Nathanael West’s novel, The Day of the Locust may not have been that popular at its initial release but after it was made into a movie, it started to gain better recognition which even made it become a common source for academic writing. The adopted story was acclaimed to be one of the best films tackling Hollywood at that time. However, critics who have both read the novel and watched the film claimed that there are a lot of differences between the two presentations and that the portrayal of the novel was not actually that successful for it was not able to give enough justice to the original source. The Day of the Locust shows the vulnerability of the American Dream in various points of view. The novel explored the different aspects of the movie industry with the use of language tools such as satire and irony.
The term “locust” can be attributed to the Hollywood movie and film industry which exploits people and destroys them slowly. It presented the author’s view of Hollywood as a corruptor of dreams of the naïve, foolish and ignorant. On the other hand, the film showed Hollywood corrupting the world, caring only for its own image not minding the effect it has on the people it victimized. Here comes the first of the differences because the book was able to make a better presentation of the main idea and was successful in making the readers understand the motivations that the characters have in acting on things, while the film was vague about it and in a way took a quite different approach. The book was able to present a more profound depiction of the characters by showing their history, thus, one will not be left asking questions as to what provoked such events or actions that the a specific character undertook. The reasons why Tod moved to California to continue painting as well as his choice of Faye Greener as a model was presented, which made his motives clear and so was Homer’s reasons in taking the same action despite the fact that he seemed to be so out of place there. Homer’s hand was also portrayed differently in the book and in the film.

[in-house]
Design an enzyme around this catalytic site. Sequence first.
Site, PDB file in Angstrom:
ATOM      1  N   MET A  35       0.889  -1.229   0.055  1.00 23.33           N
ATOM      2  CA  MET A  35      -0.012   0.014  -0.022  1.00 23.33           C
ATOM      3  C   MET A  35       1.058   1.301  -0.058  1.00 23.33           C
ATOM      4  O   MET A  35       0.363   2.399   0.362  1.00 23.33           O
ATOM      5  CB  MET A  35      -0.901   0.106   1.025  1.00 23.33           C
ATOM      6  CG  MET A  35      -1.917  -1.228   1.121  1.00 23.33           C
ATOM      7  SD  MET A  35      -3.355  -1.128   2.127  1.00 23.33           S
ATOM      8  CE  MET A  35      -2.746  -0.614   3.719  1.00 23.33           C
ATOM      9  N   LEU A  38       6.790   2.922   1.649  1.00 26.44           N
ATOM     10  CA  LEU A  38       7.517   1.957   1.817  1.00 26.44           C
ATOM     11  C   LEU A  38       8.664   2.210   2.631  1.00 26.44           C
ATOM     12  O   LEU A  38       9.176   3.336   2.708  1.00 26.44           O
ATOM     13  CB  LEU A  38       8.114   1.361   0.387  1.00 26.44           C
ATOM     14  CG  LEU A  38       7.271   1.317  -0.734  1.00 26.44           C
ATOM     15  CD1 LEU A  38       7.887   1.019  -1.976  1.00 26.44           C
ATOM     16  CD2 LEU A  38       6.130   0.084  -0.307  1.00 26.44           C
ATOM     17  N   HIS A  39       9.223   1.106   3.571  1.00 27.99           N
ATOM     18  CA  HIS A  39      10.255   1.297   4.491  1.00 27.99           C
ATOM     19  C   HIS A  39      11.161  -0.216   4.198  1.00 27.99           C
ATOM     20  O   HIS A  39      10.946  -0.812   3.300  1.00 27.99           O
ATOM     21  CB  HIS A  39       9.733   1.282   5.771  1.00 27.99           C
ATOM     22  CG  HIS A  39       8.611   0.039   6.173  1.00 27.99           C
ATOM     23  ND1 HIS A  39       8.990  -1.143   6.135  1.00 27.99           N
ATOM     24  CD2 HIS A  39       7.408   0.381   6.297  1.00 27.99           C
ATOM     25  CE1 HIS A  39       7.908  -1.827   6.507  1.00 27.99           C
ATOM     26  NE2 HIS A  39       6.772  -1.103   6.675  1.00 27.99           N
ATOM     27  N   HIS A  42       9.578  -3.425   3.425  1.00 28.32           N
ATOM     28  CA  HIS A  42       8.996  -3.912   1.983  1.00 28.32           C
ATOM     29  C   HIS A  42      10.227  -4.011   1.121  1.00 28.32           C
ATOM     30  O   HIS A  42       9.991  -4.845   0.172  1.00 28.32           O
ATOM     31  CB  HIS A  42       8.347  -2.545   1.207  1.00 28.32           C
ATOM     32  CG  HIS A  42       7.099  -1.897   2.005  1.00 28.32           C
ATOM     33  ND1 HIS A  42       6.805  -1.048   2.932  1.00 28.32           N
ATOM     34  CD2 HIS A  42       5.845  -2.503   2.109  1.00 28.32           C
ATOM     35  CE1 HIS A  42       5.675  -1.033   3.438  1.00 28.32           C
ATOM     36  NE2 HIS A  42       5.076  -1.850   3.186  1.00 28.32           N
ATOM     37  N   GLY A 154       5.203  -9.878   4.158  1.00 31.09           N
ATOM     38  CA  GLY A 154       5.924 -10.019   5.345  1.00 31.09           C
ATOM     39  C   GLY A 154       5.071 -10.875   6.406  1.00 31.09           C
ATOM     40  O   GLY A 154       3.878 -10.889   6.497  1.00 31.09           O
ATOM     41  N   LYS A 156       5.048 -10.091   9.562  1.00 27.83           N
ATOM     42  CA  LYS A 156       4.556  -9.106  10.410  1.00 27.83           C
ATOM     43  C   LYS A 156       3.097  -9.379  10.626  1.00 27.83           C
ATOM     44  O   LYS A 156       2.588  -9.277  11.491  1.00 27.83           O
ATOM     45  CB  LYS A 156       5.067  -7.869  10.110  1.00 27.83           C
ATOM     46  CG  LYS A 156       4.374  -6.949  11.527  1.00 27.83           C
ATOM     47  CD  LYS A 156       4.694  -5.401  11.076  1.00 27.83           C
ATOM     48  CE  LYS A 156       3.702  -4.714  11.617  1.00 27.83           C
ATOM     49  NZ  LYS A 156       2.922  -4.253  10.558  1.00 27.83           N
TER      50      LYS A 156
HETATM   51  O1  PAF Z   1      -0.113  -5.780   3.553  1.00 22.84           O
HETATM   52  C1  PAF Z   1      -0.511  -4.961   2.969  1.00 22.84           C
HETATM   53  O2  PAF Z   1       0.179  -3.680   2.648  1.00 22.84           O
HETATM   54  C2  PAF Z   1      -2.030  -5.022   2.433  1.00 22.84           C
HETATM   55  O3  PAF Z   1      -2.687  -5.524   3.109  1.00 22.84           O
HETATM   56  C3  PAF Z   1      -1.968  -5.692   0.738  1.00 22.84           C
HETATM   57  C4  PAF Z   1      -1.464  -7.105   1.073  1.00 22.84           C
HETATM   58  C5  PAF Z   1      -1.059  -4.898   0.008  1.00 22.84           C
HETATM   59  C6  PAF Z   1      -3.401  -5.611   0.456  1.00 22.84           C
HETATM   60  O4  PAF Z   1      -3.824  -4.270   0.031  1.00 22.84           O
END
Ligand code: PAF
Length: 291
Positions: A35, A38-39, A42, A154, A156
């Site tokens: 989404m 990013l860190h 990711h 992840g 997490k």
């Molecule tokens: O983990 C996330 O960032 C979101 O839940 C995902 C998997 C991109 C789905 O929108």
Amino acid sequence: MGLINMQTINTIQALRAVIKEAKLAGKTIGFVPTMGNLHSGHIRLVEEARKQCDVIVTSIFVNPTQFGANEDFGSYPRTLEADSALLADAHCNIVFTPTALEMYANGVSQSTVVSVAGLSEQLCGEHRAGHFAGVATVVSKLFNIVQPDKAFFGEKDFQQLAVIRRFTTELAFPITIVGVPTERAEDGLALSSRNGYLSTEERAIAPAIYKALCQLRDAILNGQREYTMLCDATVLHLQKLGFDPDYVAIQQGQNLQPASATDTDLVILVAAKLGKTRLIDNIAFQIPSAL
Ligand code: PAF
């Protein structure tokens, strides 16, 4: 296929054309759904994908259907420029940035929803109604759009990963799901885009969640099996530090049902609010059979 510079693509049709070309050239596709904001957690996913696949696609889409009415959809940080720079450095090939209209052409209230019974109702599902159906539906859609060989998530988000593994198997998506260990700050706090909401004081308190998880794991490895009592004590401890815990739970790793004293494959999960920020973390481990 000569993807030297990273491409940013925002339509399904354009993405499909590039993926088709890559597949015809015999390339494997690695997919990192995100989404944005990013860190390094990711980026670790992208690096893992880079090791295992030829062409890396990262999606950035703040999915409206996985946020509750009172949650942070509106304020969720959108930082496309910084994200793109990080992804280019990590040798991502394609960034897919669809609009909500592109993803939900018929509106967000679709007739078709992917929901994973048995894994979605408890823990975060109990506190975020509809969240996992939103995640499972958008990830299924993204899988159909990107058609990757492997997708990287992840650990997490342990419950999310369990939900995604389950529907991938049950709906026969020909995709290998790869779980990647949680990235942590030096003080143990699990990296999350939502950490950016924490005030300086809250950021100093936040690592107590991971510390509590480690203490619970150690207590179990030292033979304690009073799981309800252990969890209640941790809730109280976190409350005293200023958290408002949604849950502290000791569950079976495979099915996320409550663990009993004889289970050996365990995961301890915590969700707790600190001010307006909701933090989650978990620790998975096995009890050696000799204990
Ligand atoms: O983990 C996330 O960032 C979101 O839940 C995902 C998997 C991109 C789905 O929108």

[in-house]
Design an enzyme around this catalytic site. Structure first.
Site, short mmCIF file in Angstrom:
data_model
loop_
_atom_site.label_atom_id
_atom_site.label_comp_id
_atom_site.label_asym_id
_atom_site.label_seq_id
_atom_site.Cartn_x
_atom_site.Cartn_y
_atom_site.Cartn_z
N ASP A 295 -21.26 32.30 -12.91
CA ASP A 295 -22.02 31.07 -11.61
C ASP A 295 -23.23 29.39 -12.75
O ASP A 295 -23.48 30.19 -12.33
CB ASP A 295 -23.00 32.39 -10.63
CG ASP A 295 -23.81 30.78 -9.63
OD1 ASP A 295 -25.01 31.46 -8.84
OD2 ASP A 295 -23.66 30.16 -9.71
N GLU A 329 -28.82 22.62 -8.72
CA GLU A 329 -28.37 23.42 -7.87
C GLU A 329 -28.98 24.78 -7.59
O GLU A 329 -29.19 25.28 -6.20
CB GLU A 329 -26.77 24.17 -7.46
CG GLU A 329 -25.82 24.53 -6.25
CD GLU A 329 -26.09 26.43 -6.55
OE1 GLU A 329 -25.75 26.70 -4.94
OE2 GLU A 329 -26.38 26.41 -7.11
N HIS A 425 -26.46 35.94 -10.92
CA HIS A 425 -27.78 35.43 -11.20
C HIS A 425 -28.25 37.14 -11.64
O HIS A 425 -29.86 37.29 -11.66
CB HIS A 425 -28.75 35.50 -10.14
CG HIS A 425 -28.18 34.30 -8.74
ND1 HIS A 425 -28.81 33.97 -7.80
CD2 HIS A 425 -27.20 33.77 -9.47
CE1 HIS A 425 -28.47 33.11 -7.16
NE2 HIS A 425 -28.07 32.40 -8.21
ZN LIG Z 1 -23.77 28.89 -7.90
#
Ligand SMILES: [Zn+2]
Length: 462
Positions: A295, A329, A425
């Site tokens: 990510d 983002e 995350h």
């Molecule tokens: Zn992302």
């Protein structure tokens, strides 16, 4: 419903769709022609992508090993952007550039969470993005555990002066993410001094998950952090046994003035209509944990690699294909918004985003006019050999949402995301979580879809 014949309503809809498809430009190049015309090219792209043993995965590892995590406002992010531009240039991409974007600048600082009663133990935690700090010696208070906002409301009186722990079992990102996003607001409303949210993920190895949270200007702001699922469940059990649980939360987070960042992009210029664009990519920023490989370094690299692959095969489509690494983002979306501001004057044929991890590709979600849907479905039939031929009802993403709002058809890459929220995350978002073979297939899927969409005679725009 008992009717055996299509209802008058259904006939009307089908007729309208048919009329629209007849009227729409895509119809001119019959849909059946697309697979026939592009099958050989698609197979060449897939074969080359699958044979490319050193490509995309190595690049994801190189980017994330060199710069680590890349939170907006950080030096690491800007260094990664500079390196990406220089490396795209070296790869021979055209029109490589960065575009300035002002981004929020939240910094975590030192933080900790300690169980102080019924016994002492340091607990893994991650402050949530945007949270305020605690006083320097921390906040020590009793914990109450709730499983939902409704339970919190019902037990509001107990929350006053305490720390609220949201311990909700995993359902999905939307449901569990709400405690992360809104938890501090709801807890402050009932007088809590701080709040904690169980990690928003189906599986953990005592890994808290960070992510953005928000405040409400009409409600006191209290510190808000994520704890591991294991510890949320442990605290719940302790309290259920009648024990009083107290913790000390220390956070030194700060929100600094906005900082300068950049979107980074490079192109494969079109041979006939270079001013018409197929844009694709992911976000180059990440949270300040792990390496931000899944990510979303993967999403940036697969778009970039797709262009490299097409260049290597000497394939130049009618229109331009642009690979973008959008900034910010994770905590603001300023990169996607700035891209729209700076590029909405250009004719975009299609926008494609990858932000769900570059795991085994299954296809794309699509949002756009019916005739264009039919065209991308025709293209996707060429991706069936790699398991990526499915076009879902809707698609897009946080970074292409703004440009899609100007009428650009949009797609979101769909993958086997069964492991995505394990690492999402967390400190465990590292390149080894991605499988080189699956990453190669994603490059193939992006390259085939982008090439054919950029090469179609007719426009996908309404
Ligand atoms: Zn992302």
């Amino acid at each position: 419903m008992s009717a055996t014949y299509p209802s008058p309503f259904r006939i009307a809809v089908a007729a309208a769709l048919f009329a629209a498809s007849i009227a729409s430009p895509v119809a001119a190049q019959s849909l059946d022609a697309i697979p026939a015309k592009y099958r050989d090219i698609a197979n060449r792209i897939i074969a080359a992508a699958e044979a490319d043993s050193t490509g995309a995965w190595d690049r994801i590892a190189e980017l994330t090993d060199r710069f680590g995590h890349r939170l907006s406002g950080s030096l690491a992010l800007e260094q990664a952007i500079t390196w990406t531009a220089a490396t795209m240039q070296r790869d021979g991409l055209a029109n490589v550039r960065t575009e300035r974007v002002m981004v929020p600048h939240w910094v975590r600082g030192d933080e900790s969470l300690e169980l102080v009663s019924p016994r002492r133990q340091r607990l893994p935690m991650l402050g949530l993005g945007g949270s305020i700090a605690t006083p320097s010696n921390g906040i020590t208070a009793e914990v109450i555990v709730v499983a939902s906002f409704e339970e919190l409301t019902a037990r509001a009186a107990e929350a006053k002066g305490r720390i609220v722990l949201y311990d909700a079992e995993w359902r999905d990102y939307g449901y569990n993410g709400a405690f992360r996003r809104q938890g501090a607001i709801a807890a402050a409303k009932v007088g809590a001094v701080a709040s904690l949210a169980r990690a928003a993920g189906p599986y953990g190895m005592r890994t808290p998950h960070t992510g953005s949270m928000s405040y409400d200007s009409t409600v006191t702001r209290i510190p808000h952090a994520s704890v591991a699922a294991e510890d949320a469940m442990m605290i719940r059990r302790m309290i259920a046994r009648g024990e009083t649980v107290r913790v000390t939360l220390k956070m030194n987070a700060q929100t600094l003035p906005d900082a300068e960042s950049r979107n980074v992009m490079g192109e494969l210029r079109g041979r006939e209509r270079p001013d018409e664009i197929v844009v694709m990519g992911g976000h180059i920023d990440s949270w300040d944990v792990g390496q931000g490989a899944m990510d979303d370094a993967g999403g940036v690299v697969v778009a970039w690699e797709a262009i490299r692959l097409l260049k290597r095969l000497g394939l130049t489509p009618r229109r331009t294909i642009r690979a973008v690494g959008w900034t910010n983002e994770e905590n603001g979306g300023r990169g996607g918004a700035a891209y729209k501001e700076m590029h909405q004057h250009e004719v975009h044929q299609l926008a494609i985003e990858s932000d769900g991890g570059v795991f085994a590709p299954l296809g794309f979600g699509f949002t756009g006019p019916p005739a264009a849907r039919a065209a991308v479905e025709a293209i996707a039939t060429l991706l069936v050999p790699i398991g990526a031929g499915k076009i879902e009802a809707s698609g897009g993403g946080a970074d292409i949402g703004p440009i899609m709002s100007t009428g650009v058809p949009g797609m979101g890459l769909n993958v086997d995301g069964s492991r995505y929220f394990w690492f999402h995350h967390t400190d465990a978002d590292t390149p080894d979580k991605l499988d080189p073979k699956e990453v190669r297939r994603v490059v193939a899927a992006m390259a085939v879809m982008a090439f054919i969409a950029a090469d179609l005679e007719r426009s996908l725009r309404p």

Moreover, Tod’s narrative point of view seems to be removed on the movie. The book and the film also provided different degrees of importance to certain events; an example of this was the accident in Waterloo. The movie emphasized and maximized on it and points to the event as one of the main causes for the corruption of Hollywood, and thus provided much focus in presenting it. However, in the book it was not given as much significance.
Portrayal of certain characters was also a bit different. To cite an example, let us take the character of Adore, he was shown in the film as an evil child but in the book, he was just a normal child just like everyone else. Other critiques also stressed that the novel was oversimplified and misconceived in the movie. They say it (the movie) missed some important aspects that were on the book such as West’s passionate presentation of the world he was criticizing, as well as the satire and the surrealism that were some of the defining factors of the novel.
It was not able to par with the amount of emotion bestowed to the novel by the author, thus it seemed weak in that aspect. It is easy to judge the film if one has not read the novel because it is excellent as it is. However, to those who have, it becomes a different story because the novel is very elaborate and the satirical presentation that most of the readers loved about it is lacking on the film. Perhaps, it is because it would really be very challenging to make a film based on self-mockery. It is a like a film within a film because the main theme being criticized is the one presenting it.
Thus, despite the differences and the flaws that critics may have seen on the adaptation, it is still commendable because generally, it succeeded in transforming the novel into a movie that is trying to tackle itself.